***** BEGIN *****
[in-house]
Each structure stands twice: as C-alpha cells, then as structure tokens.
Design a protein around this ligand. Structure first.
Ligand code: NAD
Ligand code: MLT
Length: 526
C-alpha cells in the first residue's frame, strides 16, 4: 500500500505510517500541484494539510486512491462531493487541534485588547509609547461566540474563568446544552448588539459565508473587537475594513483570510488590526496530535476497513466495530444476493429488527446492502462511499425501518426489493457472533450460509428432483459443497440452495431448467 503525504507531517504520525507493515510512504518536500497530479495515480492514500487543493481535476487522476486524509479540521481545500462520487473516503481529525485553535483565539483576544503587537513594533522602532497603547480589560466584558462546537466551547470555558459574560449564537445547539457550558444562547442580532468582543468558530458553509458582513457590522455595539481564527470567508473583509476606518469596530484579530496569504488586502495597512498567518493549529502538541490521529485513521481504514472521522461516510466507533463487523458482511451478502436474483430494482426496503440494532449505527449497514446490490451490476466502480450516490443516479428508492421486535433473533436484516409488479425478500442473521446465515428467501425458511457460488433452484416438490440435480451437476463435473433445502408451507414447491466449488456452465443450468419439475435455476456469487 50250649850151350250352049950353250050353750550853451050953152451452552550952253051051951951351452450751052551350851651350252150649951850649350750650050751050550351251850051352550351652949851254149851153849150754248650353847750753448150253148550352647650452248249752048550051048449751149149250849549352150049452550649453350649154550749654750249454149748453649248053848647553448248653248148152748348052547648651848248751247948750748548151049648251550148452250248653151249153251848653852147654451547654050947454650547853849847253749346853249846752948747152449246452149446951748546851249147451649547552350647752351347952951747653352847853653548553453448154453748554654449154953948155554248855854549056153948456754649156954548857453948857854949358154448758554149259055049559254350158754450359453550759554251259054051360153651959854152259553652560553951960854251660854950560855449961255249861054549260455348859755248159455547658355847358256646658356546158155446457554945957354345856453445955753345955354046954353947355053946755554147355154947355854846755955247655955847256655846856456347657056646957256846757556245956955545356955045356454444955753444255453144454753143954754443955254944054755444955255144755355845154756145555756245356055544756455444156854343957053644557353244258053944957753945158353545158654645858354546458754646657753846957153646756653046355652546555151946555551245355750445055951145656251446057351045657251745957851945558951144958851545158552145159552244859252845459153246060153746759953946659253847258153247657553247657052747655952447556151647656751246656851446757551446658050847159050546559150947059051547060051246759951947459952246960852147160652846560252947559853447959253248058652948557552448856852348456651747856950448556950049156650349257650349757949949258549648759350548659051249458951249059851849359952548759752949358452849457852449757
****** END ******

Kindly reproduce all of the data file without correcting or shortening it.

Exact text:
[in-house]
Each structure stands twice: as C-alpha cells, then as structure tokens.
Design a protein around this ligand. Structure first.
Ligand code: NAD
Ligand code: MLT
Length: 526
C-alpha cells in the first residue's frame, strides 16, 4: 500500500505510517500541484494539510486512491462531493487541534485588547509609547461566540474563568446544552448588539459565508473587537475594513483570510488590526496530535476497513466495530444476493429488527446492502462511499425501518426489493457472533450460509428432483459443497440452495431448467 503525504507531517504520525507493515510512504518536500497530479495515480492514500487543493481535476487522476486524509479540521481545500462520487473516503481529525485553535483565539483576544503587537513594533522602532497603547480589560466584558462546537466551547470555558459574560449564537445547539457550558444562547442580532468582543468558530458553509458582513457590522455595539481564527470567508473583509476606518469596530484579530496569504488586502495597512498567518493549529502538541490521529485513521481504514472521522461516510466507533463487523458482511451478502436474483430494482426496503440494532449505527449497514446490490451490476466502480450516490443516479428508492421486535433473533436484516409488479425478500442473521446465515428467501425458511457460488433452484416438490440435480451437476463435473433445502408451507414447491466449488456452465443450468419439475435455476456469487 50250649850151350250352049950353250050353750550853451050953152451452552550952253051051951951351452450751052551350851651350252150649951850649350750650050751050550351251850051352550351652949851254149851153849150754248650353847750753448150253148550352647650452248249752048550051048449751149149250849549352150049452550649453350649154550749654750249454149748453649248053848647553448248653248148152748348052547648651848248751247948750748548151049648251550148452250248653151249153251848653852147654451547654050947454650547853849847253749346853249846752948747152449246452149446951748546851249147451649547552350647752351347952951747653352847853653548553453448154453748554654449154953948155554248855854549056153948456754649156954548857453948857854949358154448758554149259055049559254350158754450359453550759554251259054051360153651959854152259553652560553951960854251660854950560855449961255249861054549260455348859755248159455547658355847358256646658356546158155446457554945957354345856453445955753345955354046954353947355053946755554147355154947355854846755955247655955847256655846856456347657056646957256846757556245956955545356955045356454444955753444255453144454753143954754443955254944054755444955255144755355845154756145555756245356055544756455444156854343957053644557353244258053944957753945158353545158654645858354546458754646657753846957153646756653046355652546555151946555551245355750445055951145656251446057351045657251745957851945558951144958851545158552145159552244859252845459153246060153746759953946659253847258153247657553247657052747655952447556151647656751246656851446757551446658050847159050546559150947059051547060051246759951947459952246960852147160652846560252947559853447959253248058652948557552448856852348456651747856950448556950049156650349257650349757949949258549648759350548659051249458951249059851849359952548759752949358452849457852449757